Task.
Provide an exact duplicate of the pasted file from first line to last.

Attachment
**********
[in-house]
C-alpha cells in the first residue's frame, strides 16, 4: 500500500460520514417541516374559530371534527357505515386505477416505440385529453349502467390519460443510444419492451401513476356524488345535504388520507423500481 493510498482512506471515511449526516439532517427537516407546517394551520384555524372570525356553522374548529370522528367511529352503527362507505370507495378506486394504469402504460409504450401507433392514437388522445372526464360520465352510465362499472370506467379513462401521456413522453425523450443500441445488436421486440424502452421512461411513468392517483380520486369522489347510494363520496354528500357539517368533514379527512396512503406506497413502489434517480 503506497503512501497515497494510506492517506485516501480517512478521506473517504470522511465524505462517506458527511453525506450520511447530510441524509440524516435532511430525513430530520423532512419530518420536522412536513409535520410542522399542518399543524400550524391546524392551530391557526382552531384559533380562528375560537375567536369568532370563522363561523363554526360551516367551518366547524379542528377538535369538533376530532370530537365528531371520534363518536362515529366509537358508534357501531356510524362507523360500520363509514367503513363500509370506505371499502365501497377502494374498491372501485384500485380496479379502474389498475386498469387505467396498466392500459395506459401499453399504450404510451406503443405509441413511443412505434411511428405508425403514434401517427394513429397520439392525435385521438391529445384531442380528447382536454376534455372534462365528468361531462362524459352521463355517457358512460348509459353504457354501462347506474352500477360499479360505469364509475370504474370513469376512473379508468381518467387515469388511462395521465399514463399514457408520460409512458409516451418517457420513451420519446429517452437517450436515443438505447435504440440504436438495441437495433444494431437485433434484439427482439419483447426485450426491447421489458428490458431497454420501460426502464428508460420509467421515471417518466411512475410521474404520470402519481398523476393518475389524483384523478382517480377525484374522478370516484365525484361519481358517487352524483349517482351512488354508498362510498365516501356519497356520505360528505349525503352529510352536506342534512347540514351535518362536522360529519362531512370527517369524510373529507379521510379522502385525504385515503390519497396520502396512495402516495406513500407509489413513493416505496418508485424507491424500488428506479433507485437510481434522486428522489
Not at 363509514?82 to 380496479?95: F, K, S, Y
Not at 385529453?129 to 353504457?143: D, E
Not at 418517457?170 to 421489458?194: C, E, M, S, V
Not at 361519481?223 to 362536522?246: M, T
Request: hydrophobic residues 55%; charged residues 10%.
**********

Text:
[in-house]
C-alpha cells in the first residue's frame, strides 16, 4: 500500500460520514417541516374559530371534527357505515386505477416505440385529453349502467390519460443510444419492451401513476356524488345535504388520507423500481 493510498482512506471515511449526516439532517427537516407546517394551520384555524372570525356553522374548529370522528367511529352503527362507505370507495378506486394504469402504460409504450401507433392514437388522445372526464360520465352510465362499472370506467379513462401521456413522453425523450443500441445488436421486440424502452421512461411513468392517483380520486369522489347510494363520496354528500357539517368533514379527512396512503406506497413502489434517480 503506497503512501497515497494510506492517506485516501480517512478521506473517504470522511465524505462517506458527511453525506450520511447530510441524509440524516435532511430525513430530520423532512419530518420536522412536513409535520410542522399542518399543524400550524391546524392551530391557526382552531384559533380562528375560537375567536369568532370563522363561523363554526360551516367551518366547524379542528377538535369538533376530532370530537365528531371520534363518536362515529366509537358508534357501531356510524362507523360500520363509514367503513363500509370506505371499502365501497377502494374498491372501485384500485380496479379502474389498475386498469387505467396498466392500459395506459401499453399504450404510451406503443405509441413511443412505434411511428405508425403514434401517427394513429397520439392525435385521438391529445384531442380528447382536454376534455372534462365528468361531462362524459352521463355517457358512460348509459353504457354501462347506474352500477360499479360505469364509475370504474370513469376512473379508468381518467387515469388511462395521465399514463399514457408520460409512458409516451418517457420513451420519446429517452437517450436515443438505447435504440440504436438495441437495433444494431437485433434484439427482439419483447426485450426491447421489458428490458431497454420501460426502464428508460420509467421515471417518466411512475410521474404520470402519481398523476393518475389524483384523478382517480377525484374522478370516484365525484361519481358517487352524483349517482351512488354508498362510498365516501356519497356520505360528505349525503352529510352536506342534512347540514351535518362536522360529519362531512370527517369524510373529507379521510379522502385525504385515503390519497396520502396512495402516495406513500407509489413513493416505496418508485424507491424500488428506479433507485437510481434522486428522489
Not at 363509514?82 to 380496479?95: F, K, S, Y
Not at 385529453?129 to 353504457?143: D, E
Not at 418517457?170 to 421489458?194: C, E, M, S, V
Not at 361519481?223 to 362536522?246: M, T
Request: hydrophobic residues 55%; charged residues 10%.